Will Breaking In be Christian Slater's lucky break?
Christian Slater grew up in show business. The 41-year-old is the son of an actor father and an acting agent mother, a circumstance that has prepared him for a life of handling the media. Maybe a little too prepared.
"I get this question a lot about my past," he said, seated in a booth at the Polo Lounge at the Beverly Hills Hotel. "I actually wrote some things down. They're on my iPhone. Could I just read it? It's just easier."
The actor, the star of Fox's Breaking In, launches into a lengthy reading about the "maturity that comes with experience," learning from mistakes, and not letting those become the "legacy of your future."
Slater's new show, in which he plays Oz, a self-assured smooth-talker who heads up an oddball crew of geniuses and high-tech experts, is his third prime-time series in recent years. To say the least, he would like it if this show made it to a second season.
"You have to try on a few things in order to find the right fit," he said. "It's a process. And I feel like this certainly is about as close a fit for me as it could possibly be. This character, this guy, this environment, what these guys are doing ... I love it. I love it."
Still, he insists he's not feeling extra pressure this time — or, at least he's not consumed by it.
"With the other shows, it was like all eyes were on me," he recalled. With (My Own Worst Enemy), I couldn't walk down the street without a bus going by with my face on it. They promoted the crap out of that. This one feels right."
And perhaps, given Slater's earlier brushes with the law, the prospect of losing another television show really isn't a huge deal in the grand scheme of things.
Beginning in 1989, Slater had a series of legal run-ins that included charges of drunken driving and a conviction for assaulting a girlfriend. He's also struggled with drug and alcohol abuse and at one point was forced into rehab.
Slater was an embattled celebrity before such behaviour became fodder for the 24/7 celebrity news cycle. He's just glad that his troubled past is that — in the past. The father of two shuddered to think if he were experiencing those problems now.
"It would be a Howard Hughes-type of situation," he said. "I would just become a shut-in, I suppose. People are so under the microscope now... once you've made a mistake, it's an unrelenting thing that you will continually have to communicate about, write things down about because we all want to have a clean slate; we all want to get the opportunity to not be held accountable for things we did years ago.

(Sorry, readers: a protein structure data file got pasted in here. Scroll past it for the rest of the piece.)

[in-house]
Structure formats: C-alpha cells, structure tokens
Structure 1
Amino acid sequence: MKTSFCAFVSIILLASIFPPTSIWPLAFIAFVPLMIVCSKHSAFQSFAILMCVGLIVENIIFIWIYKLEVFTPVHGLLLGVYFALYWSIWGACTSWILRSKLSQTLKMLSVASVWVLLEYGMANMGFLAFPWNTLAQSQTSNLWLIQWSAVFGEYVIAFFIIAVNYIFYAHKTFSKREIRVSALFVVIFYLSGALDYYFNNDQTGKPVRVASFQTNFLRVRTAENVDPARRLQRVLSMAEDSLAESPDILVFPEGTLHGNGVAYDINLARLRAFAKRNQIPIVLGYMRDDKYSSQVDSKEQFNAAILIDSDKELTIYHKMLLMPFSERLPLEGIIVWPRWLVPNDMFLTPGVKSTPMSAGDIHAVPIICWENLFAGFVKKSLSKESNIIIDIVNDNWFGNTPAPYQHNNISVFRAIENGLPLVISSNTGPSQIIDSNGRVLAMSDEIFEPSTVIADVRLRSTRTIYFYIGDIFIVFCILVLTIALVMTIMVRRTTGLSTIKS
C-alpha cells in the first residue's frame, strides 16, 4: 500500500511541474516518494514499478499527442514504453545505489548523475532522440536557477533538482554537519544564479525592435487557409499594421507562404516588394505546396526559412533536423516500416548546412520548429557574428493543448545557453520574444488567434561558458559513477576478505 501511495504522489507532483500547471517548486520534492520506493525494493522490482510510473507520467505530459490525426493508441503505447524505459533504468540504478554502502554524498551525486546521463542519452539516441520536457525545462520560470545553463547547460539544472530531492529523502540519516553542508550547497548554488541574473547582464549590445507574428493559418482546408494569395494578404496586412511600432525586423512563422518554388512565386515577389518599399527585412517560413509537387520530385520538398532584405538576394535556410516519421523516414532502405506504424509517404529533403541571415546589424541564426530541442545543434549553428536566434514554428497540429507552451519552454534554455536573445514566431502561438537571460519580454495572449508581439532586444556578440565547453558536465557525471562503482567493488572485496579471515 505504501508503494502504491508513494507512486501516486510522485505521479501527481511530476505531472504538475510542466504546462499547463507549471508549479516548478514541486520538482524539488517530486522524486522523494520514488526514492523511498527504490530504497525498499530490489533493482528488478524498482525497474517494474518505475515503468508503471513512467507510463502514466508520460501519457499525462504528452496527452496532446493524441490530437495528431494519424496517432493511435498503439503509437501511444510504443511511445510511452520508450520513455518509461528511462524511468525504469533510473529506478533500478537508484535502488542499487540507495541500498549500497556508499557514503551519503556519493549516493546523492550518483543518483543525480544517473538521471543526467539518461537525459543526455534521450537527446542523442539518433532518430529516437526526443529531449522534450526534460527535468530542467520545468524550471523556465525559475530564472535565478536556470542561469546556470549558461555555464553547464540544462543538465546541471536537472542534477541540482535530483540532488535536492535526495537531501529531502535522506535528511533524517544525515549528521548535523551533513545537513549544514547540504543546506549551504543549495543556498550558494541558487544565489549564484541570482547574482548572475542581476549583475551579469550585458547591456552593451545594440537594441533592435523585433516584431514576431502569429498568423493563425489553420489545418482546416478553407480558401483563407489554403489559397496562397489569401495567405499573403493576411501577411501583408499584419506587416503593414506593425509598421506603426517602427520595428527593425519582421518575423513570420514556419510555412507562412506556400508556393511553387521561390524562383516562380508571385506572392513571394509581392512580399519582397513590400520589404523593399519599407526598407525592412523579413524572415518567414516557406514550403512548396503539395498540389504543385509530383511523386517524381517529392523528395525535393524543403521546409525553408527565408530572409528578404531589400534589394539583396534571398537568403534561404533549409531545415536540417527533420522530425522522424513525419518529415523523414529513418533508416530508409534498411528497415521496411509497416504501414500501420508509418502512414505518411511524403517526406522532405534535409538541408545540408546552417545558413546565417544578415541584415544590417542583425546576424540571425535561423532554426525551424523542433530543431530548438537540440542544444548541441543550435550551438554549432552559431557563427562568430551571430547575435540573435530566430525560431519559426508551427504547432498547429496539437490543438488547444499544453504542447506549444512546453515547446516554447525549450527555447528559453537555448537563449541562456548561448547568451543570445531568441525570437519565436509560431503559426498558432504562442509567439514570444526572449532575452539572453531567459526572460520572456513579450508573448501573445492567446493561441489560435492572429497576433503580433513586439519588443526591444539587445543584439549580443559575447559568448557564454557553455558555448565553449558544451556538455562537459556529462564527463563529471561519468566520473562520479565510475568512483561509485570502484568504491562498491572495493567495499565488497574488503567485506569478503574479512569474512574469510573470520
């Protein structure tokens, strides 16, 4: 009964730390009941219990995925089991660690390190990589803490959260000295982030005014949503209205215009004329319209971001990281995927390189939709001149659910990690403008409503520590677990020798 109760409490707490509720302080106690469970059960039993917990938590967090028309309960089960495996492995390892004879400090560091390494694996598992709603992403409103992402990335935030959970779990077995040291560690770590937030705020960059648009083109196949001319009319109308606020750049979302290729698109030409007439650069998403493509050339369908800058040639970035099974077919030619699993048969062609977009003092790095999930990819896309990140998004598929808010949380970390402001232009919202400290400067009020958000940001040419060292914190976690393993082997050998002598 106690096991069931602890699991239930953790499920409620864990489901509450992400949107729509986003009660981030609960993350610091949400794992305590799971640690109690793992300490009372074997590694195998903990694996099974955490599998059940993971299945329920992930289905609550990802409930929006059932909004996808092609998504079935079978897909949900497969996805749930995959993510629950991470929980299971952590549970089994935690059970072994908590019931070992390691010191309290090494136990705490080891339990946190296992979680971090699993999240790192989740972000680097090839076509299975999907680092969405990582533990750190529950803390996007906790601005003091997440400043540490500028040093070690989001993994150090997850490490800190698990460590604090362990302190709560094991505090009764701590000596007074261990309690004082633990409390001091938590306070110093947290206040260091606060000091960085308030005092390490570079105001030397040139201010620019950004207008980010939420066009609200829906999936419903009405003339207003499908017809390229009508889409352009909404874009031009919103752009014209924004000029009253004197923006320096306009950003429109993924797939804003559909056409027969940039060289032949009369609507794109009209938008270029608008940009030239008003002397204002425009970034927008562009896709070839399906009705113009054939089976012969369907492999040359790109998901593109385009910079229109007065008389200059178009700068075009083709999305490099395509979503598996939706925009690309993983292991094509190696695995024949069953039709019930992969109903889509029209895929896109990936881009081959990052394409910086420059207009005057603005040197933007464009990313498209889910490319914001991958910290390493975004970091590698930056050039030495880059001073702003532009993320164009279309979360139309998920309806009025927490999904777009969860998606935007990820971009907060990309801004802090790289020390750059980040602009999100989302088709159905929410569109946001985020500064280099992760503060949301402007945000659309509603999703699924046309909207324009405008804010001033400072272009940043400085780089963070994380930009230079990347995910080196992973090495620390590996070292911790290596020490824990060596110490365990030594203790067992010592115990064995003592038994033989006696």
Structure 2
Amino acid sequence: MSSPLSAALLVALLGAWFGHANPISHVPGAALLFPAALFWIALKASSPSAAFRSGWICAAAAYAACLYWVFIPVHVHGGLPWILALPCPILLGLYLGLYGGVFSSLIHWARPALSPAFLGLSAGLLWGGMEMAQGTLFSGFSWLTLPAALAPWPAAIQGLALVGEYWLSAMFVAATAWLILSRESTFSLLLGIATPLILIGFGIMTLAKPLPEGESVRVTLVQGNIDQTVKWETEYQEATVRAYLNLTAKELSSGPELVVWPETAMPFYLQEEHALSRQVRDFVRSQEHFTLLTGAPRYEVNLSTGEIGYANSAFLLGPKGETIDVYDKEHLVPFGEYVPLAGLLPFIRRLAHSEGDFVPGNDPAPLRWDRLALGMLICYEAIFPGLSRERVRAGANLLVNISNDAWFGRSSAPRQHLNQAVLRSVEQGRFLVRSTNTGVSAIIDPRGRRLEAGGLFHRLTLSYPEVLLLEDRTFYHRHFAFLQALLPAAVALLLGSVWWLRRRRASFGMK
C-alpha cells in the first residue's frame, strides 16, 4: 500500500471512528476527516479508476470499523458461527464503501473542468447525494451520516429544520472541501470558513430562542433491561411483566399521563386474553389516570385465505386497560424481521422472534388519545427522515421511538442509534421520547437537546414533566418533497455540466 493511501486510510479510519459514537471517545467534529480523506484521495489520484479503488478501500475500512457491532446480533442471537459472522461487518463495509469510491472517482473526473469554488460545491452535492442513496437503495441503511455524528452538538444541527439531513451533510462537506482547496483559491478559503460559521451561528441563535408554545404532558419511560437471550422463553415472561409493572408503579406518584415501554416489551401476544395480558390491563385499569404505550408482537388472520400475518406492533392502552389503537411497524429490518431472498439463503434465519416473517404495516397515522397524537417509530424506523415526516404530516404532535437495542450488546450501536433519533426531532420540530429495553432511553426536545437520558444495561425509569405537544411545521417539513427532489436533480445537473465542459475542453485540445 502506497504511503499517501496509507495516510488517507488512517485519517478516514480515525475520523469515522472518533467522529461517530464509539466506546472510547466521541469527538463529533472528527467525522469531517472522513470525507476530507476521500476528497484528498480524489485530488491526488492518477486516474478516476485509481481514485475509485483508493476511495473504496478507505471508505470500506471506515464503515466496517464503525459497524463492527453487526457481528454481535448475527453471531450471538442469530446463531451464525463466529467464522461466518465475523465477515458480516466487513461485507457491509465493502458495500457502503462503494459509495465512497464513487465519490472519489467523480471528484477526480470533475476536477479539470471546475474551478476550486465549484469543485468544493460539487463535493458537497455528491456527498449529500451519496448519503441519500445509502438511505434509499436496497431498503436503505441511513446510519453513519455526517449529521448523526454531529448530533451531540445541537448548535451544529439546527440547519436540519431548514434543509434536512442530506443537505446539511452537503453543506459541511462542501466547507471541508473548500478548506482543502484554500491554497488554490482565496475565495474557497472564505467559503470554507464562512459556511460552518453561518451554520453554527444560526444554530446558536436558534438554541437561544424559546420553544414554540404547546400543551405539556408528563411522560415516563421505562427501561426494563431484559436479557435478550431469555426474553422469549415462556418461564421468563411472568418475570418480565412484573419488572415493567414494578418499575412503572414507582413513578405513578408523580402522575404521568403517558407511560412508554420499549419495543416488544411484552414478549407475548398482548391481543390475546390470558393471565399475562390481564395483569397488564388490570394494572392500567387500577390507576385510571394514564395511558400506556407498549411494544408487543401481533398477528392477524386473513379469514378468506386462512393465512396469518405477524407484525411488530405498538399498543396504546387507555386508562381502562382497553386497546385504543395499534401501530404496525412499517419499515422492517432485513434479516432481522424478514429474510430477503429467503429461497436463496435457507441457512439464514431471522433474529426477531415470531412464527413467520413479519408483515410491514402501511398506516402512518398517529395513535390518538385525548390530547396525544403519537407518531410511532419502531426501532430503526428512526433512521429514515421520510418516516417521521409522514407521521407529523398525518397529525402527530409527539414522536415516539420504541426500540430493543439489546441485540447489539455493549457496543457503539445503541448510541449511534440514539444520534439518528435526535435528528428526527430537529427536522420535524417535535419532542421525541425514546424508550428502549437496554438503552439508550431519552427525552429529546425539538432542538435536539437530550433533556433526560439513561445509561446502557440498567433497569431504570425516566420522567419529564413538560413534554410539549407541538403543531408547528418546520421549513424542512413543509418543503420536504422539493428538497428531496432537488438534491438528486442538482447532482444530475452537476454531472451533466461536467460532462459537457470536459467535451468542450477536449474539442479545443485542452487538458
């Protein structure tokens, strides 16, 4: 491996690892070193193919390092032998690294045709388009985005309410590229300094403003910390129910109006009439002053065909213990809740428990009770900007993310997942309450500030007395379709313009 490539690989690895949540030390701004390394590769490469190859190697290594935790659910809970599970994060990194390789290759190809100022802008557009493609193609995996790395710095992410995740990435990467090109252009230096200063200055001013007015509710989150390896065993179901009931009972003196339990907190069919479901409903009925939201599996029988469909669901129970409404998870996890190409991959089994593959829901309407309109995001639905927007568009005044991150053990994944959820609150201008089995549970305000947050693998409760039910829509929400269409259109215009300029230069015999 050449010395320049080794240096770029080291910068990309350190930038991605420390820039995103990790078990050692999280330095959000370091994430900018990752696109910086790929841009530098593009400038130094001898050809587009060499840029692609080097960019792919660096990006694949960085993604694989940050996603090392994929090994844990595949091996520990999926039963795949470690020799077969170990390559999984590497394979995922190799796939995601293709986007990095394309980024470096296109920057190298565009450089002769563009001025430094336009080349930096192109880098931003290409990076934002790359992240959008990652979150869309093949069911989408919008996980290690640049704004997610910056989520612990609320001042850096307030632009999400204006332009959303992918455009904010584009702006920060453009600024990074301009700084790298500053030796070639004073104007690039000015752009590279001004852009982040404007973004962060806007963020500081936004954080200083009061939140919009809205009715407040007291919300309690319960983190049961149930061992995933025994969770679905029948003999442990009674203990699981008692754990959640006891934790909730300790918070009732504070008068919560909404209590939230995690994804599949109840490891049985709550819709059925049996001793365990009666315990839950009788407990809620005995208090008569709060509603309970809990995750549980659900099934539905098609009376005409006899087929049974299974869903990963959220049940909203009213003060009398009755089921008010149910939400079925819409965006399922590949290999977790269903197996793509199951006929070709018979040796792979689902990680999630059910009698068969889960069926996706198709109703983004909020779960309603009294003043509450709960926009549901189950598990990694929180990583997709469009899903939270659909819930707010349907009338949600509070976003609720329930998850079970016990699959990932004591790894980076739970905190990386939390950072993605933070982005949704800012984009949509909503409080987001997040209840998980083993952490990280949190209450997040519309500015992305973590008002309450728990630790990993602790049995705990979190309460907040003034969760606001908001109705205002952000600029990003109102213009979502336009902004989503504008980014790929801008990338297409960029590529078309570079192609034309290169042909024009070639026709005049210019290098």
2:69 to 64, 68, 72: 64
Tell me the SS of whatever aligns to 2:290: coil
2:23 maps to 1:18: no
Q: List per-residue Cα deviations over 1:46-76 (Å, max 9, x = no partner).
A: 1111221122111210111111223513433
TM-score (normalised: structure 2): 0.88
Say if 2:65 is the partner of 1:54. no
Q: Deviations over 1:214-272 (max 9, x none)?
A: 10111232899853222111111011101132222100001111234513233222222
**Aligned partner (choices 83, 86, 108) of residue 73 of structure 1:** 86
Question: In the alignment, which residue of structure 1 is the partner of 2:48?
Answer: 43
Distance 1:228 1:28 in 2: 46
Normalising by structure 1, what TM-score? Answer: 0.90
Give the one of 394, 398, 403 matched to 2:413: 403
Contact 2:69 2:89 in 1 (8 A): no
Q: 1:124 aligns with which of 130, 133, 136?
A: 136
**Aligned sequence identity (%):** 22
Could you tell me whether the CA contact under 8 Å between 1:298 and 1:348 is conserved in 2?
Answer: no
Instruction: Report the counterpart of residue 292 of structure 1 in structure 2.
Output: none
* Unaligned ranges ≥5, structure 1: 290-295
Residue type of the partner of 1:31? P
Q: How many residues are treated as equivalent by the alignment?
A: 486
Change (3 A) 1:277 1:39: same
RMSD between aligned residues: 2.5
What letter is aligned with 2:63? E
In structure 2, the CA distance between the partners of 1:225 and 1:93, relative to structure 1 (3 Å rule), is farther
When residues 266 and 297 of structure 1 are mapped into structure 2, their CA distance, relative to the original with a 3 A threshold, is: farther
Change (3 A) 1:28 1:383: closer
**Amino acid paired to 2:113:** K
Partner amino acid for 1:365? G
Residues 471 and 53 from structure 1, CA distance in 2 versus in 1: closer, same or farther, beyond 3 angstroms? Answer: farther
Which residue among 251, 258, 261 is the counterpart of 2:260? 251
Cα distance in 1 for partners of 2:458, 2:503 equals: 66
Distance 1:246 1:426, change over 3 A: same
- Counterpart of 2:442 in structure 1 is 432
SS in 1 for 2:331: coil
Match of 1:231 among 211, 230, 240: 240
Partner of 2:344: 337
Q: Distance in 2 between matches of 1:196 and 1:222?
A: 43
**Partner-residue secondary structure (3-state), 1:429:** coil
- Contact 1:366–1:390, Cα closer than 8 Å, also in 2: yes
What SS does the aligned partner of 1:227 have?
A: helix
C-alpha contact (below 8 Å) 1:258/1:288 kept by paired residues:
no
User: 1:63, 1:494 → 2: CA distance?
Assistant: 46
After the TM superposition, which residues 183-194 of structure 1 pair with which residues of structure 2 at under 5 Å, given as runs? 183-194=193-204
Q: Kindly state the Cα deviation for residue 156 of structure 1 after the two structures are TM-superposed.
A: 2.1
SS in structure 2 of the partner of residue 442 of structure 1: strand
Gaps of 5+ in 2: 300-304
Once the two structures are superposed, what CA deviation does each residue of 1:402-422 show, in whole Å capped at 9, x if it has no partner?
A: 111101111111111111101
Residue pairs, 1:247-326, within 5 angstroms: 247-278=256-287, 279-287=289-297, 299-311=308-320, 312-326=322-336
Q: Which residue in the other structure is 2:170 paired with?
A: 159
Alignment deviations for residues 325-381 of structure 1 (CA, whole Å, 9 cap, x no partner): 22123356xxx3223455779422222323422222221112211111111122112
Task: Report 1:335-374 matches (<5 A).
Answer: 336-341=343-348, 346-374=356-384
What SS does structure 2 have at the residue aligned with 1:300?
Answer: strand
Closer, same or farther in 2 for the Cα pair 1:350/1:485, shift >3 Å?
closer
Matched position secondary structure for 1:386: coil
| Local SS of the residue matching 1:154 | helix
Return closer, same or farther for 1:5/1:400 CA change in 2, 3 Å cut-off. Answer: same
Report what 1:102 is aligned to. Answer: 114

"I don't want to put myself on any kind of soapbox because at the end of the day, I'm an actor," continued the actor who rose to fame in the '80s and '90s with movies such as Heathers, Gleaming the Cube and True Romance.
"I put on a costume. I show up for a job. My focus right now is Breaking In."
The new series is a single-camera comedy that makes being nerdy somewhat cool in a Big Bang Theory sort of way. For Slater, a hit would bolster his TV career, which, after watching NBC nix 2008's My Own Worst Enemy and ABC doing the same to 2009's Jerry Bruckheimer-produced The Forgotten, could use a lift. (Having one of television's most popular shows, American Idol, as a lead-in won't hurt.)
Slater's enthusiasm about the gig is impossible to miss. His distinctive eyebrows perk up when talking about it and he's already concocting storylines for next season — when he'd like to direct an episode or two.
The mood stands in stark contrast to his previous endeavours, he said.
"My Own Worst Enemy was a show that didn't decide really what it wanted to be," he said.
"I knew that from the get-go. But you jump aboard and you roll the dice and take a chance. You hope things stick. Sometimes they do, sometimes they don't. With [The Forgotten], as great a producer as Jerry Bruckheimer is, I think it's hard even for him to sell a show that ends in a funeral every episode. He's good. We're both good. But that's a tough premise. But again, it's Bruckheimer, I'm not going to say no. When he calls, you do it."
As optimistic as he is about Breaking In, Slater is all too aware of the realities of the business. He need only look at the silver ring on his left hand that reads: "This too shall pass."
"All structures are unstable," he said. "For me to delude myself into thinking I'm invincible at this stage in my career would be absurd. There's no rhyme or reason to what works and what doesn't. It's really up to the real Oz."